Why we should spend more time understanding our co-workers
In an ideal scenario, design decisions are made by designers with the end user in mind while leaving their own bias outside.
In reality though, design decisions are made collectively by a group of people. And most members of this group have little exposure to users of the design.
Behind every product there are people
Design decisions are made by the people who build the product. Not by the user. So when designing a product, it seems equally important to understand the people behind the product (your co-workers) as the people in front of it (users).
So doesn’t it make sense to apply the same set of user-centred methodologies to understanding your co-workers as to understanding users?
In my current project, it took me 4 weeks to get what this project is about. While this can have multiple reasons (e.g. bad communication), the main lesson I took away is:
Always start with understanding your co-workers when joining a project.
What to learn about your co-workers
It pretty much goes down to the same things you would try to find out in a user interview. Just a imagine you’re creating a persona for each of your co-workers:
Which goals did your co-workers set for themselves?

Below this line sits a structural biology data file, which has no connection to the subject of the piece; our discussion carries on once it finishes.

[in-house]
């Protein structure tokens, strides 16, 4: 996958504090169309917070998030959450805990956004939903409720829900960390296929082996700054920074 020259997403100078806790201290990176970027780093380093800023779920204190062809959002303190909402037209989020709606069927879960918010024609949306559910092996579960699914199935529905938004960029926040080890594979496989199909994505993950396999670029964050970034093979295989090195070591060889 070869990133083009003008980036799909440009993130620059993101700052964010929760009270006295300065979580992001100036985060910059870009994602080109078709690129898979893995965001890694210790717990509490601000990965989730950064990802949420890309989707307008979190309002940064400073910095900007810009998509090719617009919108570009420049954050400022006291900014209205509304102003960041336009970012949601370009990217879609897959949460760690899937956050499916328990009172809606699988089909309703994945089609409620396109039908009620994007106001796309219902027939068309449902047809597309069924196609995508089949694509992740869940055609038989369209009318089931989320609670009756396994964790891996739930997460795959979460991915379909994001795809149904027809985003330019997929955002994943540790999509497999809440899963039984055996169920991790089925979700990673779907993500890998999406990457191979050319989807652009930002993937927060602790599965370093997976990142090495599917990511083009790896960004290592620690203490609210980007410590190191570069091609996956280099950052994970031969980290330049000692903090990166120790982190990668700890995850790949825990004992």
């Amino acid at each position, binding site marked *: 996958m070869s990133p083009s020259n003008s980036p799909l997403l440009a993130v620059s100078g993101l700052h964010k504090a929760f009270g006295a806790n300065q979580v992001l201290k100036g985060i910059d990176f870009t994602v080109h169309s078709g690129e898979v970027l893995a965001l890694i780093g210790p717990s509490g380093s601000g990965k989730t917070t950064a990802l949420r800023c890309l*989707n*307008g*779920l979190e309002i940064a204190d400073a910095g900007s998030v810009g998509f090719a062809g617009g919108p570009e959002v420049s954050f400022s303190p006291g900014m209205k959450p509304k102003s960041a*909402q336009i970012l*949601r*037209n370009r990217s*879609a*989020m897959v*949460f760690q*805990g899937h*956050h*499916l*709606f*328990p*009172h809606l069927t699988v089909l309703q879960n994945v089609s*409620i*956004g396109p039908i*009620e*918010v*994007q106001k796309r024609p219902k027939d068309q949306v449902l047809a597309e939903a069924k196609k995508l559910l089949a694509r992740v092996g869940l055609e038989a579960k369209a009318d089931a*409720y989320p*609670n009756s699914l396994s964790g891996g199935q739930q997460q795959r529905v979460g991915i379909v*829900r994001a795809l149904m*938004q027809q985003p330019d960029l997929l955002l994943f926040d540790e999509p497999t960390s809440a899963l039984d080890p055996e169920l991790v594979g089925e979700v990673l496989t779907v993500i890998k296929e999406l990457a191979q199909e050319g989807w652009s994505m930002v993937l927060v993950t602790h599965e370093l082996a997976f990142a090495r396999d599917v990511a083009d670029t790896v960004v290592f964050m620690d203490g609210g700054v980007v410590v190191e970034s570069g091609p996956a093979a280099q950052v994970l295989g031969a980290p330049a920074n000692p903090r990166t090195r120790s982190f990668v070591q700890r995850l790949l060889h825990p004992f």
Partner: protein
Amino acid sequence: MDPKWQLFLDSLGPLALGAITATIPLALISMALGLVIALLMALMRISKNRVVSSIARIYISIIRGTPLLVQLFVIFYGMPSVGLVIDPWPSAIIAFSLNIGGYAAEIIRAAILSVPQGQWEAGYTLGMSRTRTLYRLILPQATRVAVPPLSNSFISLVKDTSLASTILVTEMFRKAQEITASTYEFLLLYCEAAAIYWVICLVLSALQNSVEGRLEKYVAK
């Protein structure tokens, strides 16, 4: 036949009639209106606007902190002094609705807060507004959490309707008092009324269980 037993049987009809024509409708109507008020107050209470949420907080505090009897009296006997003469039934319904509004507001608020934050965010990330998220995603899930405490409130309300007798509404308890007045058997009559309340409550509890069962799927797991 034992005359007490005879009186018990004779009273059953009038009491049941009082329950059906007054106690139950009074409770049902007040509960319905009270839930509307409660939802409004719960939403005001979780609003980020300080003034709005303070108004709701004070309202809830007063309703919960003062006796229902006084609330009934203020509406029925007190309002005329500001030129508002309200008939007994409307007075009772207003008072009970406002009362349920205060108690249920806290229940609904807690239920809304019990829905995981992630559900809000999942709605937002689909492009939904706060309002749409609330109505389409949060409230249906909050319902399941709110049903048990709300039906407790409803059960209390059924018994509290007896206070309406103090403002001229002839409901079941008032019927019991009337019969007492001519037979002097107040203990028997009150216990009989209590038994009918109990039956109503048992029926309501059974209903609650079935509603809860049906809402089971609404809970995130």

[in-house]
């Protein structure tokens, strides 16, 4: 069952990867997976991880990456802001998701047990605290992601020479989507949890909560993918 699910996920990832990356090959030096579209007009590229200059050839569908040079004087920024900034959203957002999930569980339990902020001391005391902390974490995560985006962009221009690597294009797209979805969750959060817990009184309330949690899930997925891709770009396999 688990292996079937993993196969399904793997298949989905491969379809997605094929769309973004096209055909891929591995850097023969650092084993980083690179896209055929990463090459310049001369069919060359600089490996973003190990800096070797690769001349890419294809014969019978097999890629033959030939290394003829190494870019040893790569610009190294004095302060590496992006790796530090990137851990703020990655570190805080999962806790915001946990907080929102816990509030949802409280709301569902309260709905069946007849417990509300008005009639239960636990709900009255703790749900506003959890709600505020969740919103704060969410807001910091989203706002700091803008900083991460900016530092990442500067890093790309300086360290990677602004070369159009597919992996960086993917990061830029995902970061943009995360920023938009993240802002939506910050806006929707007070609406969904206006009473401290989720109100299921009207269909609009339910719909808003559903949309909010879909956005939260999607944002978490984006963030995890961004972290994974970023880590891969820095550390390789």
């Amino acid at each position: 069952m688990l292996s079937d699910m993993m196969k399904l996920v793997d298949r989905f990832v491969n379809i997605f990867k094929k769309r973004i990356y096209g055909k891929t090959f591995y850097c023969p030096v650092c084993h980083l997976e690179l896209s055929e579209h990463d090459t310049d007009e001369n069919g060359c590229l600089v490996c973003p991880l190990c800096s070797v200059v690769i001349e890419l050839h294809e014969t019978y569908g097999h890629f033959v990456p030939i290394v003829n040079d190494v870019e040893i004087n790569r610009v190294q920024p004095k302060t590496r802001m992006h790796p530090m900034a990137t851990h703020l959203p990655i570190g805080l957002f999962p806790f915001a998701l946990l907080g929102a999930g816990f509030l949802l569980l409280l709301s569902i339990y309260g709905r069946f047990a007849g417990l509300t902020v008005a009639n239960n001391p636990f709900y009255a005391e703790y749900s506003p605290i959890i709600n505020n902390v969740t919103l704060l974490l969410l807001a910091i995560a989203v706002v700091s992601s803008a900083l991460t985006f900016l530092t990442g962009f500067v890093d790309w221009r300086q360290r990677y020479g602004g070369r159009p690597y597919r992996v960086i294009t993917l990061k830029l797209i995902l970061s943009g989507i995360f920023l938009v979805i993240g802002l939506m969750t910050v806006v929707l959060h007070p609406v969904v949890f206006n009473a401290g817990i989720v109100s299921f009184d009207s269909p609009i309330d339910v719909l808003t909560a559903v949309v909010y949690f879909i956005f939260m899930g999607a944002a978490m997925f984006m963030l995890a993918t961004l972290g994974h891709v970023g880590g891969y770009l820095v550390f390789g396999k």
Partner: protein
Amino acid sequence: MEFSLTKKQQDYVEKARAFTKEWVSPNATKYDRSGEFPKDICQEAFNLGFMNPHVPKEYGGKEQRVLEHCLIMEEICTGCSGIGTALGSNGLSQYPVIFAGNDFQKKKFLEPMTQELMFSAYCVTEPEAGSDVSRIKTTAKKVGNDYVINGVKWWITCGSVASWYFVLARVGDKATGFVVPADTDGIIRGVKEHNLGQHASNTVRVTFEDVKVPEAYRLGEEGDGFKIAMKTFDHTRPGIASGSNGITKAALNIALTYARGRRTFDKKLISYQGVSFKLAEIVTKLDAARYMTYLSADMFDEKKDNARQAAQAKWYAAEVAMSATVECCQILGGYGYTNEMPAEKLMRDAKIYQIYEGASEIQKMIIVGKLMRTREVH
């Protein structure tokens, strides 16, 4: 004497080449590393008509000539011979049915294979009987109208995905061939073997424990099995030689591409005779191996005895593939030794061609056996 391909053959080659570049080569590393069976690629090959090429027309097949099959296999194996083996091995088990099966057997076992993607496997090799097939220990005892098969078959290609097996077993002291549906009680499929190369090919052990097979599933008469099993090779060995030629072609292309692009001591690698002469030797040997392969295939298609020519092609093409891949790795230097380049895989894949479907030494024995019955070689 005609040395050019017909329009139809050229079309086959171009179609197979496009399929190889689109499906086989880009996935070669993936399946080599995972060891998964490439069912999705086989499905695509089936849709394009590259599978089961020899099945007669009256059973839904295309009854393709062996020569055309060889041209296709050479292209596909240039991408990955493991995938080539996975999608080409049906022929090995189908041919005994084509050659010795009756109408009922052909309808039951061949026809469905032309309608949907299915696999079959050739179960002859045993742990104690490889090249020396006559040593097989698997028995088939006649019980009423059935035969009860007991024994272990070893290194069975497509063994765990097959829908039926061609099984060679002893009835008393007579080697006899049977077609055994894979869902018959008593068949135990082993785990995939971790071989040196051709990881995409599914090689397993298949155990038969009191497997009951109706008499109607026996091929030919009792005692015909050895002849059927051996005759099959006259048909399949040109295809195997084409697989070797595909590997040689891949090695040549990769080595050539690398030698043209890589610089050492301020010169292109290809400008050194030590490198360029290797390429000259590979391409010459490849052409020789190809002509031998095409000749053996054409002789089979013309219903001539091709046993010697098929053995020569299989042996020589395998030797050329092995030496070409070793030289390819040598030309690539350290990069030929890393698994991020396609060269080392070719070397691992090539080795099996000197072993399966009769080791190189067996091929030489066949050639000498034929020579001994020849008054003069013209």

Which goals come from their managers?
Which contribution does each co-worker make to achieve these goals?
How exactly are they trying to achieve their goals and accomplishing their tasks?
What do they need to accomplish their tasks?
What are they struggling with in their current task?
What makes them get up and start work every morning? Where do they want to grow?
Which fears may drive their decisions?
It sounds very time consuming, but it’s worth it.
If you understand the people behind a product, you’ll understand why the product is built the way it’s built.
Positive side effects
Besides, you will probably get better along with your co-workers. On the one hand, everyone appreciates to be listened to and understood.
On the other hand, gaining insight into your co-workers’ behaviour will enable you to deal with them in a much more empathetic and understanding way. You will be able to support your co-workers in situations of their strengths as well as their weaknesses.
After all, empathy is the foundation for a productive working environment where people communicate effectively, support each other and grow together.
Team size matters
Of course, getting to know every single person of your team becomes a long endeavour if your team is 100 people big. Obviously, you should concentrate on your direct surroundings, the area where you have an impact.
Start with 5 people you work closely with and see how far you get. But also don’t hesitate to reach out to people you don’t directly work with, but you want to learn more about.
It’s still about business
In case someone is asking you why you spend so much time drinking coffee with your colleagues, just give this as an answer:
Behind every product there are people. A lot goes wrong when the relationships of those people are driven by misunderstanding, lack of empathy and competition rather than cooperation.
As long as my job is to design a successful product, my job is to mitigate these risks by investing in healthy, productive relationships with my co-workers.